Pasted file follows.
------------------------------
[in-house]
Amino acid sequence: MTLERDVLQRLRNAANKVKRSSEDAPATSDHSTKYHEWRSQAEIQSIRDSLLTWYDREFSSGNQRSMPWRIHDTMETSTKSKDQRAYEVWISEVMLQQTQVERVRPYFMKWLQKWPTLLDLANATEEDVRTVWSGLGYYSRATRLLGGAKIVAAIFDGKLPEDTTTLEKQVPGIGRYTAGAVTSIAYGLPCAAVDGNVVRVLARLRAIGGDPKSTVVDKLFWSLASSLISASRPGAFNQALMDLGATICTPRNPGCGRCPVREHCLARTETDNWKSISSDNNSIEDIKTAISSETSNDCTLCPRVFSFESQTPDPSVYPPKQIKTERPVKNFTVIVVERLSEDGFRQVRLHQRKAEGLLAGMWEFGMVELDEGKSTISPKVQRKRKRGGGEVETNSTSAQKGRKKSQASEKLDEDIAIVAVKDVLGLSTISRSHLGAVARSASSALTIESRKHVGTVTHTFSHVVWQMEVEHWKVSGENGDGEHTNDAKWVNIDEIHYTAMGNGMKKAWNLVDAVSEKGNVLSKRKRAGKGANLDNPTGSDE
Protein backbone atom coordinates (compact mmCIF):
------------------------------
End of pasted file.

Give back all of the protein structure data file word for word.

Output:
[in-house]
Amino acid sequence: MTLERDVLQRLRNAANKVKRSSEDAPATSDHSTKYHEWRSQAEIQSIRDSLLTWYDREFSSGNQRSMPWRIHDTMETSTKSKDQRAYEVWISEVMLQQTQVERVRPYFMKWLQKWPTLLDLANATEEDVRTVWSGLGYYSRATRLLGGAKIVAAIFDGKLPEDTTTLEKQVPGIGRYTAGAVTSIAYGLPCAAVDGNVVRVLARLRAIGGDPKSTVVDKLFWSLASSLISASRPGAFNQALMDLGATICTPRNPGCGRCPVREHCLARTETDNWKSISSDNNSIEDIKTAISSETSNDCTLCPRVFSFESQTPDPSVYPPKQIKTERPVKNFTVIVVERLSEDGFRQVRLHQRKAEGLLAGMWEFGMVELDEGKSTISPKVQRKRKRGGGEVETNSTSAQKGRKKSQASEKLDEDIAIVAVKDVLGLSTISRSHLGAVARSASSALTIESRKHVGTVTHTFSHVVWQMEVEHWKVSGENGDGEHTNDAKWVNIDEIHYTAMGNGMKKAWNLVDAVSEKGNVLSKRKRAGKGANLDNPTGSDE
Protein backbone atom coordinates (compact mmCIF):